The fled from the room, and ran through the market place, the bloody dagger still gripped tightly in his hand. He succeeded in hiding himself beneath a pile of stinking crab pots hoping to escape once the street were quiet. But during the long night the face of the poor girl appeared before him over and over again, and as dawn came, in remorse of conscience, he surrendered himself to the town constable.
He was tried in York, and pleaded guilty to murder, even though he was told the court would accept a plea of manslaughter. The judge had no choice other than to condemn him to death, and he was hung outside the walls of York, his body, as was then the custom, was returned to Whitby, and displayed in a gibbet, a little cage, hung from the top of a pole at a place called Spital bridge, at the end of Church street. Eventually his body was buried outside the town, at a place until recently known as gallows close.

To this day it is said that the ghost of the puppeteer is sometimes seen running through the market place, dressed all in black, carrying his bloody weapon. Any man who sees this ghost is advised to avoid it: he who catches sight of its face, still contorted with the horror of the black deed, is plunged into insanity. (I might note that The Black Horse remains the haunt of yarn spinning drunkards, and a gibbering refuge for those who have had the misfortune to see the puppeteer.)

The Oyster man of Whitby

Today we think of Oysters as a rich man's food eaten in exclusive restaurants with a glass of champagne. How different it was two hundred years ago when "The Oyster man" was a familiar figure in most towns, plying his wares round the public houses. At that time, Oysters were a working man's food, downed with plenty of beer and brown bread: the pork scratchings of their day. Gadgy Clarke was the Oyster man of Whitby, making his daily round of the towns pubs, crying as he went "oysters alive oh" in his weak reedy voice. He was a thin man, whose long skinny neck seemed barely able to support the large oyster basket he carried on his head. In contrast to Gadgy was Jonathan Smith, a big dark. muscular man, a violent fellow, whose piercing eyes no man dare meet. How he made his living no one knew. He would disappear for weeks or months at a time returning in the dead of night. Some said he was a smuggler others a highway man, some even that he was fabulously rich lord who sold his soul to the devil. However he came by his money, it was sufficiently to allow him to live extravagantly and keep several thoroughbred horses, which he rode madly around the countryside, his head tilted back, his famous (and feared howls of laughter cannoning of the trees and hedges. It was on a cold blustery November night as Jonathan Smith was drinking in the bar of the Golden lion pub, that he heard old Gadgy`s call "Come in Come in" he shouted, rapping on the window. a few seconds later the oyster man entered the room. Now  Jonathan Smith always had around him a group of toadies, loungers and ne-er do wells whom he lorded over. Much to their delight Smith immediately began to insult Gadgy and his Oysters. Gadgy was a little annoyed at this.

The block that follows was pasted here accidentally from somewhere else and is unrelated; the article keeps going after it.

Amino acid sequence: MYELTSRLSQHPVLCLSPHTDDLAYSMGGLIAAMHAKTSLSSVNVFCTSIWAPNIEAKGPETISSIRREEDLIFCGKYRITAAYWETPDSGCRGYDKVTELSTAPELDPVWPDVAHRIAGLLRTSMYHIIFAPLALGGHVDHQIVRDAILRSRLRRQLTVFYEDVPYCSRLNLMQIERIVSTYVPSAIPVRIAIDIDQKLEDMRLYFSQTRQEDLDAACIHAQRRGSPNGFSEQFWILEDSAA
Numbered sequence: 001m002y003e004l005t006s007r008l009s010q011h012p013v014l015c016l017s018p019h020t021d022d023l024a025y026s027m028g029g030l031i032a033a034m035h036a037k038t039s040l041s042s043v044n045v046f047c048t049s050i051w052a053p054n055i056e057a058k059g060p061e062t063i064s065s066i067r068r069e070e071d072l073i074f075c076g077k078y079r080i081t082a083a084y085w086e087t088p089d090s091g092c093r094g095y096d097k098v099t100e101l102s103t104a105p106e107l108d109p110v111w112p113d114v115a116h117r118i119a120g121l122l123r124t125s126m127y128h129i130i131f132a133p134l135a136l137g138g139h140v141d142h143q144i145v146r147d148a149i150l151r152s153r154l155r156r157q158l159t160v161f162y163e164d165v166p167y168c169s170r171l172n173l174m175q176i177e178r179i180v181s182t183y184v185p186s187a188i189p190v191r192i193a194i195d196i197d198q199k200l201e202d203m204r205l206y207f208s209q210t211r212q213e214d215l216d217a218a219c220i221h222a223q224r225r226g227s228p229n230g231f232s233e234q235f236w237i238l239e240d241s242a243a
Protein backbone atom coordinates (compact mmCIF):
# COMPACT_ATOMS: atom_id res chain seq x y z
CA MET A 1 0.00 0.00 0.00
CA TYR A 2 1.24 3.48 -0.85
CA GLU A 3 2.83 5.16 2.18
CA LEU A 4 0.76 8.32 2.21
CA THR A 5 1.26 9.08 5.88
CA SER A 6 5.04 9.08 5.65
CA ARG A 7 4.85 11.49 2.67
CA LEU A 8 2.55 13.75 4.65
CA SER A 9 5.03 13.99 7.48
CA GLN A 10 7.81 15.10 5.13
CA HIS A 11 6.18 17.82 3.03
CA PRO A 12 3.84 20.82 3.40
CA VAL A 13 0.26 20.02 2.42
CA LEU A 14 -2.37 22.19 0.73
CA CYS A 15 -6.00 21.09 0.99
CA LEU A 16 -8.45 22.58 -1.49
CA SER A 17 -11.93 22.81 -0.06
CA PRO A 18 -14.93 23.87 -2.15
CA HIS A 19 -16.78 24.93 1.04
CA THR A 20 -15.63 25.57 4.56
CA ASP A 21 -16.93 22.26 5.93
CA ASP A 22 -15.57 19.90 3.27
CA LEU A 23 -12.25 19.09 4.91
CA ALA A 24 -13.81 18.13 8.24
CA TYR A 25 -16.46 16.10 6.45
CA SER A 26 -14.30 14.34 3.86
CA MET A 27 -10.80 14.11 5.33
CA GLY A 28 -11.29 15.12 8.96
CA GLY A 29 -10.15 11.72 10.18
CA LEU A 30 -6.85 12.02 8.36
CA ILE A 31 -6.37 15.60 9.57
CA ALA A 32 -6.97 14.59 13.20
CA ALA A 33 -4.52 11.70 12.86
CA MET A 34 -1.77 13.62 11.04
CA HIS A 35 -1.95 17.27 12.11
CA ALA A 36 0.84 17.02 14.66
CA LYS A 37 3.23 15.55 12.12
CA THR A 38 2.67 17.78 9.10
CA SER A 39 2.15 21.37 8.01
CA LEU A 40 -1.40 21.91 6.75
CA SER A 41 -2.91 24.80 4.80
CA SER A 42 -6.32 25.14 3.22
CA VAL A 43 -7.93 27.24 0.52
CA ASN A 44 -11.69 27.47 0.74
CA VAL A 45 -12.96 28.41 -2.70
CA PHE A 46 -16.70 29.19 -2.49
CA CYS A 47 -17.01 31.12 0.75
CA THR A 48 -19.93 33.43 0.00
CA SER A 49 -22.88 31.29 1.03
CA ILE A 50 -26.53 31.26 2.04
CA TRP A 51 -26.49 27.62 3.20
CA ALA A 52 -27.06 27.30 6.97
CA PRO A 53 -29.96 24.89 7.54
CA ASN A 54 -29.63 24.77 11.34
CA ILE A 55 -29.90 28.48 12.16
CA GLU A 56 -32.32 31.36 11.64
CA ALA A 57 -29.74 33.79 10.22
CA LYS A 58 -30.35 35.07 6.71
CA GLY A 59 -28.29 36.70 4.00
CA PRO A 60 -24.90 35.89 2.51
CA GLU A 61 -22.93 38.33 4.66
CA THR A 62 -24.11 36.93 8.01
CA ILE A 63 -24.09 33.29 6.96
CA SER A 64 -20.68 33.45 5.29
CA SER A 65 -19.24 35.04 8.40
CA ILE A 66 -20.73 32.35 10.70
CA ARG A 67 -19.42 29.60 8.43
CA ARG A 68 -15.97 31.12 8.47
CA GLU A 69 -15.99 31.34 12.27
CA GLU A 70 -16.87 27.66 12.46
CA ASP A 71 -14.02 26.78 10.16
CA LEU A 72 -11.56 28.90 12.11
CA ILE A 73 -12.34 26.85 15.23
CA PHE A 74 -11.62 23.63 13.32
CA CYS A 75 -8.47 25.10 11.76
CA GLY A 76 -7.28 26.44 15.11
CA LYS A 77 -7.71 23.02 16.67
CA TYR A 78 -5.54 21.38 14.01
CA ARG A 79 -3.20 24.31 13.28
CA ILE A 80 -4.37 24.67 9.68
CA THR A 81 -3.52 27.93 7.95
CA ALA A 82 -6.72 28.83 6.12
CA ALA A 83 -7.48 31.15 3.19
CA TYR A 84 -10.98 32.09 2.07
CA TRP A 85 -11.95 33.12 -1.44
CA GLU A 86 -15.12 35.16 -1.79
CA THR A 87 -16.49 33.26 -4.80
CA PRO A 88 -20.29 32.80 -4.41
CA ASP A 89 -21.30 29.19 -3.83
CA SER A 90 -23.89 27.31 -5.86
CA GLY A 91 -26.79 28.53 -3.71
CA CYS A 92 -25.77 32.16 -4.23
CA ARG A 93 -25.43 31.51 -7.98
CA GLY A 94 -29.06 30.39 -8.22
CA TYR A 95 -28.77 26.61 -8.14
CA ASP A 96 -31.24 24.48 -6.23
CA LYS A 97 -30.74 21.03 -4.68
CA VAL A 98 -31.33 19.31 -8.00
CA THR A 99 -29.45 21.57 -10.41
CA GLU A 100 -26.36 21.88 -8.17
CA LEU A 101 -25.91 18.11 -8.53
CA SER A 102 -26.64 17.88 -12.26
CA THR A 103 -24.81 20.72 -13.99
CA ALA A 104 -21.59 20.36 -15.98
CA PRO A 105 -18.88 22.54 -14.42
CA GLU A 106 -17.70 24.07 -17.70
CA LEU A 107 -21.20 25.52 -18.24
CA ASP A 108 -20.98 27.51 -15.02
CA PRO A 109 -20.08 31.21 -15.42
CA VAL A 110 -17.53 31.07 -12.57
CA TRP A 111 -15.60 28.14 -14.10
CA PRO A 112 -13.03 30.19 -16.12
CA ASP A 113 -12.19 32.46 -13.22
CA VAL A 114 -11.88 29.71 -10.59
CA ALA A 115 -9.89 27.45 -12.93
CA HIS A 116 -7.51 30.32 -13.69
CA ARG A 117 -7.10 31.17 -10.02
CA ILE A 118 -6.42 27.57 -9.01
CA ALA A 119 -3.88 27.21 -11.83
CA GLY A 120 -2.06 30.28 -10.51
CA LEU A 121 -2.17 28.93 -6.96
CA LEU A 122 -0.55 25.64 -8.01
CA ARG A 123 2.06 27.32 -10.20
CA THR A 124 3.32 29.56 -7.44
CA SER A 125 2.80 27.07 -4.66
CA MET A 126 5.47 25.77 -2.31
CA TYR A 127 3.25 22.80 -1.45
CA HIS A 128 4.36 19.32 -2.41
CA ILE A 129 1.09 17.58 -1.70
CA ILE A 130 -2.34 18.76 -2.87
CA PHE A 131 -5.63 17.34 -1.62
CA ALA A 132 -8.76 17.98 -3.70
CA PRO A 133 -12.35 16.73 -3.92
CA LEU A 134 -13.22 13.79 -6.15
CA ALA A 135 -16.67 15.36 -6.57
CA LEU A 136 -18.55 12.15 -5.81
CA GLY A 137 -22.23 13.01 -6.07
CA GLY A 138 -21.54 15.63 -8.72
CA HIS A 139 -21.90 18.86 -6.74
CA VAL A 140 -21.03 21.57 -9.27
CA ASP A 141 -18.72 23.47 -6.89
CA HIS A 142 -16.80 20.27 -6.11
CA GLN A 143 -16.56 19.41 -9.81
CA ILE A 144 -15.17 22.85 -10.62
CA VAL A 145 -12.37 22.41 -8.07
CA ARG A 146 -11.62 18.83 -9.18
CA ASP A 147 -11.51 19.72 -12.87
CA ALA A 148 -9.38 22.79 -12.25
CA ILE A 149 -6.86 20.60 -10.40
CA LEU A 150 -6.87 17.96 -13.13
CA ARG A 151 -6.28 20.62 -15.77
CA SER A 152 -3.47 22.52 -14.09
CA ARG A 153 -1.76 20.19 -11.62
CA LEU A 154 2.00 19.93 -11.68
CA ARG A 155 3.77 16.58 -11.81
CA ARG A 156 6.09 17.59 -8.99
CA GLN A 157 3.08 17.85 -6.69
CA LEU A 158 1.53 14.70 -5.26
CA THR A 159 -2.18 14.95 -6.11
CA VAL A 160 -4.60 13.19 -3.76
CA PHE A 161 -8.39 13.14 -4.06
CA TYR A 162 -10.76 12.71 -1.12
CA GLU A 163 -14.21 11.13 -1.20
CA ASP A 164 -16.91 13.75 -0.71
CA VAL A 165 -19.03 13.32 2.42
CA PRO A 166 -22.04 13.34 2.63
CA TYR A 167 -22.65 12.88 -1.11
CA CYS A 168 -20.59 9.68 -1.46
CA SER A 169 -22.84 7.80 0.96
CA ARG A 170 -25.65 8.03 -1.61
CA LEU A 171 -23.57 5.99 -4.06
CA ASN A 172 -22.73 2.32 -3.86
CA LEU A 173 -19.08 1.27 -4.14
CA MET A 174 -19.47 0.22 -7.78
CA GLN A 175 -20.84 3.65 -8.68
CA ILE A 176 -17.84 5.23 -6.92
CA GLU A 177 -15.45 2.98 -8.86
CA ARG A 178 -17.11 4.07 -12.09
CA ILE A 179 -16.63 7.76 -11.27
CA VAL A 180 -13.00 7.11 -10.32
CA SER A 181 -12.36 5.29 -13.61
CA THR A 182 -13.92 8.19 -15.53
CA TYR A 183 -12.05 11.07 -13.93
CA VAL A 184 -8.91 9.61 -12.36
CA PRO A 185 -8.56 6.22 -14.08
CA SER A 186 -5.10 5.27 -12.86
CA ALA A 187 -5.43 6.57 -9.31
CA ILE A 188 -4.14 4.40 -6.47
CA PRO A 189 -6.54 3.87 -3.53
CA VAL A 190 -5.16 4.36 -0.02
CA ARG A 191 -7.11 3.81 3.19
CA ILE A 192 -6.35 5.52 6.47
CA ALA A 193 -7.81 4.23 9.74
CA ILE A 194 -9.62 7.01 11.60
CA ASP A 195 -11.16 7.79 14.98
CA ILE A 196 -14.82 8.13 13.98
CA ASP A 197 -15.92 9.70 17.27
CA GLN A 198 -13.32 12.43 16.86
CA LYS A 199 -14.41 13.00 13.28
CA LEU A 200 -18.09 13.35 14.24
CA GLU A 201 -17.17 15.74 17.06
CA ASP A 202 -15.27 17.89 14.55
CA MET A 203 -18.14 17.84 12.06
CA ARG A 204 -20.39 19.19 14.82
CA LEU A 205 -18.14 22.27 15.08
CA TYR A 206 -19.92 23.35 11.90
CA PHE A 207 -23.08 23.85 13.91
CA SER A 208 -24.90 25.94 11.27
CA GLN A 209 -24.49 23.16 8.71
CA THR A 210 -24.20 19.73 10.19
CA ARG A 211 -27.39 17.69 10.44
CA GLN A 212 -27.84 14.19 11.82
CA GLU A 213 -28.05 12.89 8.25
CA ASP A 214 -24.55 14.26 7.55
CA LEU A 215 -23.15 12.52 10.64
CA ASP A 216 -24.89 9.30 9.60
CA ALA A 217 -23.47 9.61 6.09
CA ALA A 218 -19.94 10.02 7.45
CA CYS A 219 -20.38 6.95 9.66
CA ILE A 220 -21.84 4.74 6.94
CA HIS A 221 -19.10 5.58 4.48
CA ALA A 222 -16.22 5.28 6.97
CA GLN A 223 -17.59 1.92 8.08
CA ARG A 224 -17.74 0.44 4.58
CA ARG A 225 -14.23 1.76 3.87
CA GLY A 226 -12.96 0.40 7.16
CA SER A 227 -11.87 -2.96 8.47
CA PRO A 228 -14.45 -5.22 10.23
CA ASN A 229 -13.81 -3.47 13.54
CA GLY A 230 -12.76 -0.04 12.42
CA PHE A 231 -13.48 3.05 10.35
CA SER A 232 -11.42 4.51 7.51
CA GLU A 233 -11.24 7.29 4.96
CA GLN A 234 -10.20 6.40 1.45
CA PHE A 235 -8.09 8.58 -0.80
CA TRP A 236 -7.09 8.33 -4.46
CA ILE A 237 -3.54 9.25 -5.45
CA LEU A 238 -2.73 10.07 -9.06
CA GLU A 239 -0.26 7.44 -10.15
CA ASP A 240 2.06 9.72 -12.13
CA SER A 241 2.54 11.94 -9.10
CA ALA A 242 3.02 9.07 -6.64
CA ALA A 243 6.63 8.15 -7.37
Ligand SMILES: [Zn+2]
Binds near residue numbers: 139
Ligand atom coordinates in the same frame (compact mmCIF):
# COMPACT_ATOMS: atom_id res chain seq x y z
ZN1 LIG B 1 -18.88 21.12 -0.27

He muttered a quiet oath and turned to go. But his words were not so quiet as to go unnoticed by some of the loungers in the bar. Smith was enraged: he could not bear to be insulted in front of his "friends". He snatched Gadgy`s basket  and threw it onto the fire. then with his massive hand grabbed the oyster man himself and threatened to do the same to him.
Gadgy, timid though he was, did what he could to protect himself, and stabbed the bully with a small knife he used to open the Oyster's shells. To everyone's surprise , smith a mortal wound to the heart, fell dead on the spot.
In court Gadgy was found not guilty of murder and was released. But despite the Judge and the Jury, Gadgy never appeared to forgive himself for the death of Jonathan Smith. he continued his rounds, his head sunk low with remorse, tears often dripping from his nose. but his cry of " Oysters alive-oh" was never heard near the golden lion, for he took a circuitous route to avoid it. with in a year, weighed down with guilt, he died.
On stormy nights Gadgy`s ghost still flits from pub to pub, his reedy voice heard faintly  in the wind: "OYSTERS ALIVE-OH"! However in death, as in life Gadgy shuns the golden Lion Pub, providing a refuge from his Ghost for the more apprehensive drinker. whether Smith lies easy in his grave is of course another matter. No guarantee can be given that his spirit will not come visiting the site of his death: his fearsome black piercing eyes appearing before the timid, Ghost avoiding customer with a WILD AND SAVAGE HOWL OF LAUGHTER.

All the stories on this page were taken from the Caedmon storytellers Books written by Michael Wray , Edited by Chris Firth a local English teacher, Illustrated by Anne Marshall.
These stories and more can now be bought from any local bookshop and also the local Tourist Information Center, if you have difficulty finding them they are also available from the Caedmon storytellers, 108 Church Street, Whitby, North Yorkshire, England. YO22. 4DE  Telephone 01947 603 159.

  the haunted coast  ghost stories from whitby